4) Complex or difficult cases. This is pretty self-explanatory. Some days we just have a string of normal head CTs on our list and we cruise through the worklist. And some days, every study feels like a train wreck: complex polytrauma, metastatic cancer, or just a ton of relevant priors. There just isn't an easy way to get around these cases or days.
5) Not being "present." We've all experienced this. You're at work but you are not really "at work." It could be a mental thing like when you have to deal with nonwork-related items, like your kids' school issues, Facebook, Instagram, politics, online shopping, etc ... or it could be physical, like having to attend meetings or deal with tedious administrative tasks.
6) Your team is not "present," either physically or mentally. This is when your co-radiologist(s) are similarly distracted, reading inefficiently, or involved in other activities that are not directly work-related. Maybe they're the ones who are distracted online or dealing with childcare issues ... or maybe they're in an administrative position and stuck in meetings all day. The point being that sometimes there are effectively fewer full-time equivalents (FTE) than there should be for the given work volume.
7) Broken systems. Often a lot of the "fires" mentioned above are actually issues that could be addressed by improving departmental systems. Do the techs need to call you every time there is a procedure to know which size gloves you need? When there is a contrast reaction, are the staff properly trained and drilled in the management of the situation so the degree of radiologist involvement is streamlined, or does it become a circus with people trying to find a long lost blood pressure cuff or stethoscope?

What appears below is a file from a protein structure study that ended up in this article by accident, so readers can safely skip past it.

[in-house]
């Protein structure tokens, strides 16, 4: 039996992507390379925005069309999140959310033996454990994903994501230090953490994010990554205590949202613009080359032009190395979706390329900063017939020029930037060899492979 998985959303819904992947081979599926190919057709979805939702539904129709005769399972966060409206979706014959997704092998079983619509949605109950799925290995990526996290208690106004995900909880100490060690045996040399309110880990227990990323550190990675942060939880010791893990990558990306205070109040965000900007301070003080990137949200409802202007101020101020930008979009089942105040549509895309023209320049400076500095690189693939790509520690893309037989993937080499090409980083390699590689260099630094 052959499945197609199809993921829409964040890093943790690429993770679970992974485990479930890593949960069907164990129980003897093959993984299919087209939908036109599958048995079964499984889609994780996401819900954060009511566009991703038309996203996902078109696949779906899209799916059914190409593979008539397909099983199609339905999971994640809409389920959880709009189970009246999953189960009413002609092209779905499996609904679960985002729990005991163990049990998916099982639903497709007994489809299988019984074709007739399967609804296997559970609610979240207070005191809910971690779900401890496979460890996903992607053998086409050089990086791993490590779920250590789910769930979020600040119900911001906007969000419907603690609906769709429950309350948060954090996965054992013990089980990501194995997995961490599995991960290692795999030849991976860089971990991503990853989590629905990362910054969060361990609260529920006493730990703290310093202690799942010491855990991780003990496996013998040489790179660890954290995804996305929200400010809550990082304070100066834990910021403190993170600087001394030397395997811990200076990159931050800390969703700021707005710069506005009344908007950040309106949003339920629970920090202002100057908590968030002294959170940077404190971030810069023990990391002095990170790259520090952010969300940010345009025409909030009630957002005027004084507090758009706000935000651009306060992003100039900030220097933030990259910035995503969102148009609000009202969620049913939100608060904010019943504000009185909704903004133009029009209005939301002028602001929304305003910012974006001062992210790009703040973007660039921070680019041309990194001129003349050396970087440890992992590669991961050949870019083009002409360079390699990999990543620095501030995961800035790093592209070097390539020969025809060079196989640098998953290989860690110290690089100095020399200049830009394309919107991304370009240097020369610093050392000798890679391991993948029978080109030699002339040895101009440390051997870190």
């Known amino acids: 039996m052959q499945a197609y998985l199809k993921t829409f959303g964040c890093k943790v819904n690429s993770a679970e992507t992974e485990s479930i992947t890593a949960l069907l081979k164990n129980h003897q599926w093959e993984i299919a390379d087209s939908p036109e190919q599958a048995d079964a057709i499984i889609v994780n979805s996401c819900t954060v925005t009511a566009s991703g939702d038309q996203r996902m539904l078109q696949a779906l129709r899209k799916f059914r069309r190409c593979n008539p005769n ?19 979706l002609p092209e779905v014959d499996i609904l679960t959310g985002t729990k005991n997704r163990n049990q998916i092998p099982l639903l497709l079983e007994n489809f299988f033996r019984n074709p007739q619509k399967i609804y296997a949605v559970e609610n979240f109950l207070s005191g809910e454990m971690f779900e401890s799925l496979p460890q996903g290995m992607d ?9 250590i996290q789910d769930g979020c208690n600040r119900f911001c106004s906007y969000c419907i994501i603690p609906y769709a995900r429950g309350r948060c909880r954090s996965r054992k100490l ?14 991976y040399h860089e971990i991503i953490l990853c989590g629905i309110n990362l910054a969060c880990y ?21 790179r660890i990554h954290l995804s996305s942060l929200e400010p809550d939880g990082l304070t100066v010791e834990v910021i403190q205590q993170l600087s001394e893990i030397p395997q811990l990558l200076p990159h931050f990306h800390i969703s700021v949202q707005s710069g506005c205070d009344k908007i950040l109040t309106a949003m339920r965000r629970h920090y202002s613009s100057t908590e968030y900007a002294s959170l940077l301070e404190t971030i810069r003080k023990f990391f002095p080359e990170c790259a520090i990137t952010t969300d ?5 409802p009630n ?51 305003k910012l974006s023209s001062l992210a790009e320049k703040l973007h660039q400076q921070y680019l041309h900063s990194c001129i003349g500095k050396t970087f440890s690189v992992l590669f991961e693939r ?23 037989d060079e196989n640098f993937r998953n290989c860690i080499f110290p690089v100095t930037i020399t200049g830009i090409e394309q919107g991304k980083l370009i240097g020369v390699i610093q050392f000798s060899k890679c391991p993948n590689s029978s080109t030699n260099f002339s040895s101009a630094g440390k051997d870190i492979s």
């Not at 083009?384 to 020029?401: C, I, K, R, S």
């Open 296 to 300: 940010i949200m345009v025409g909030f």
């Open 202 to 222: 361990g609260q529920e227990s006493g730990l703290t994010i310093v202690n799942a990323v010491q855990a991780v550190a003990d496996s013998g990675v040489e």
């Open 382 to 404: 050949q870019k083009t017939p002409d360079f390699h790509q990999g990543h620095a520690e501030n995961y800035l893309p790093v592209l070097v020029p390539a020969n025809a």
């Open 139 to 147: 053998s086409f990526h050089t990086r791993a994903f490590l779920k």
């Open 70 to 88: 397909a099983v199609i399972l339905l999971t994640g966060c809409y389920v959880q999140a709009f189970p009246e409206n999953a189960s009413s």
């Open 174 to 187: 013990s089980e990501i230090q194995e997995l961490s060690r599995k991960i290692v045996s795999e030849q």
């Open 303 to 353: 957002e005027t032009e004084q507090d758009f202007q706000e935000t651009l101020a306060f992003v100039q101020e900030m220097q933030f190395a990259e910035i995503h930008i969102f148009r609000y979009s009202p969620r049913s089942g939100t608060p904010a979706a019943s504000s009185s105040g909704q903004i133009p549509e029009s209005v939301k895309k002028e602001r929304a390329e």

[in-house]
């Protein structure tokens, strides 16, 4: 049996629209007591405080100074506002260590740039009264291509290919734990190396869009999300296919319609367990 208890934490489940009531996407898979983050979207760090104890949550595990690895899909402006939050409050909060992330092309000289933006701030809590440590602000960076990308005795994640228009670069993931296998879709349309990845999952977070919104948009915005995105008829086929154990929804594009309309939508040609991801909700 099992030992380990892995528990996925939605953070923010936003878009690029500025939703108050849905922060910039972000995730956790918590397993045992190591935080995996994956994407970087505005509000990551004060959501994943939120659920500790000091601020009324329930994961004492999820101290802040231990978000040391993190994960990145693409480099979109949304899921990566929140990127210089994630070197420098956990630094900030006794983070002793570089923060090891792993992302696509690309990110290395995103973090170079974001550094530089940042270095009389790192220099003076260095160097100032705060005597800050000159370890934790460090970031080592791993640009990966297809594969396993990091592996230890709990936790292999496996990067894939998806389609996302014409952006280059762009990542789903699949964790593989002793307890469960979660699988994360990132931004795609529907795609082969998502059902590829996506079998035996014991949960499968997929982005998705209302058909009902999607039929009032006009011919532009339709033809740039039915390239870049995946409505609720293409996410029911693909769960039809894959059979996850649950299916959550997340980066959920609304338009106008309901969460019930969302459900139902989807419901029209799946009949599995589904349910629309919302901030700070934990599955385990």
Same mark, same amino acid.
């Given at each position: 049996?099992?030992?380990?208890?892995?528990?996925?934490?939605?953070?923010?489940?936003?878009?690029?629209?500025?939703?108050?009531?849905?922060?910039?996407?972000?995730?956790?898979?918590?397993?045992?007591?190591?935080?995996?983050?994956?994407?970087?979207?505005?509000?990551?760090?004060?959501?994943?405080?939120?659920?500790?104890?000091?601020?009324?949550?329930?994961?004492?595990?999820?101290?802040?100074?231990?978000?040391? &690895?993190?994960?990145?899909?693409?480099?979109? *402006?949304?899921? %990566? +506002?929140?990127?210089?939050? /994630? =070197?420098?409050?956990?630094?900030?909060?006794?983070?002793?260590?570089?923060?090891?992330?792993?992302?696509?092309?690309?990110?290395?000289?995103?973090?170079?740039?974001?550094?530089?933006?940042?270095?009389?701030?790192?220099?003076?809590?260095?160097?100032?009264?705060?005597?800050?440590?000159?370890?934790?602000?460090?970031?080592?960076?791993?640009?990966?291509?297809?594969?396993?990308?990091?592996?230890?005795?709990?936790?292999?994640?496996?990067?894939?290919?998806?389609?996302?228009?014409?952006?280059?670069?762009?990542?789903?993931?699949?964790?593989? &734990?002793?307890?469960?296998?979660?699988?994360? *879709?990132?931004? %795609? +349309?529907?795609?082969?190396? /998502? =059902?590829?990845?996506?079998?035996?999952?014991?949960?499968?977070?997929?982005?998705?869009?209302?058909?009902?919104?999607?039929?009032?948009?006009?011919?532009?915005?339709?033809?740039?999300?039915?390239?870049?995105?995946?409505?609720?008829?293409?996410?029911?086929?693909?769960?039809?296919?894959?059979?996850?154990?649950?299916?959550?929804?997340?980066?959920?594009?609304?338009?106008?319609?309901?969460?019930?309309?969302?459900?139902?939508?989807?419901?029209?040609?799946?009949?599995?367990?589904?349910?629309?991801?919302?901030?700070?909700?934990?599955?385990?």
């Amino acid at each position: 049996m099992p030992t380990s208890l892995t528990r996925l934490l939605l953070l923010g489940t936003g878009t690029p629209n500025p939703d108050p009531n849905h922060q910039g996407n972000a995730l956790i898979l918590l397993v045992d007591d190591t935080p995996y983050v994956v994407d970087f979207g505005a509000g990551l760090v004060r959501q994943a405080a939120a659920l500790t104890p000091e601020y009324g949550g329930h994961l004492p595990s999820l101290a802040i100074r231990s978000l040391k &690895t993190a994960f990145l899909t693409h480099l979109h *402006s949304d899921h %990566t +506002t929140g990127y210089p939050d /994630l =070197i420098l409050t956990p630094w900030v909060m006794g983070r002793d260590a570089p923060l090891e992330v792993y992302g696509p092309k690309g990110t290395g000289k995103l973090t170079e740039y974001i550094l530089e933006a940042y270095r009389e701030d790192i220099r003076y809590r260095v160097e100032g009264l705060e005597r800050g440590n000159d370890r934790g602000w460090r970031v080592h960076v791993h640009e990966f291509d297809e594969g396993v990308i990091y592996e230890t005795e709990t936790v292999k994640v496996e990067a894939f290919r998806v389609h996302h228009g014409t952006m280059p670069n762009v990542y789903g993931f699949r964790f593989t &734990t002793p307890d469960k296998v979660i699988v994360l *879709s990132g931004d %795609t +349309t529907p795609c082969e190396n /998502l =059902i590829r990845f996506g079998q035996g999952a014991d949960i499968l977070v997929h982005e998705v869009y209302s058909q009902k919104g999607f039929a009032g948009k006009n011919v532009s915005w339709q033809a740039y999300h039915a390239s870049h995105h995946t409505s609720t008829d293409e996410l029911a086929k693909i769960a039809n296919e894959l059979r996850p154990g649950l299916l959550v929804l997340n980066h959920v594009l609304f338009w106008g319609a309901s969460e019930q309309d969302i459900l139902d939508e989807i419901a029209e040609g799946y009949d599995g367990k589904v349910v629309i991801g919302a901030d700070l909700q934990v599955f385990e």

This is a deep and ranging topic, but suffice it to say that rarely is enough thought directed toward fixing these systems, especially in busy growing practices.
I've outlined all of the major categories of reasons that radiologists may feel especially busy at work.
But going back to my original point, the frustrating part about these crunch times is that even though we may be really stressed and "busy," our productivity declines steeply. Like it or not, as radiologists we are "paid by the click" and by productivity, I am specifically referring to how many cases we read per unit time.
I'd like to propose another model to reframe the "busyness" that we feel as radiologists. This model incorporates all of the above categories, but it also includes a couple of new ideas that will help explain the funny relationship between "busy" and the inability to get any work done ... the drop in productivity that we feel so viscerally.
I'll call these new ideas the "quantum unit of work" and the "time tax." My next post will fully explain this new model and how these new ideas fit into it. This will allow us to begin addressing, or at least shine a light on, these productivity issues in our radiology reading rooms.
About the Author
Dr. Roy Kwak is a neuroradiologist based in Southern California. He's also the creator of RadsBest, which helps radiologists make faster decisions and craft better reports. His Instagram page is @medocratic; this article was originally published on his Medium page.
The comments and observations expressed herein are those of the author and do not necessarily reflect the opinions of AuntMinnie.com.
Copyright © 2021 AuntMinnie.com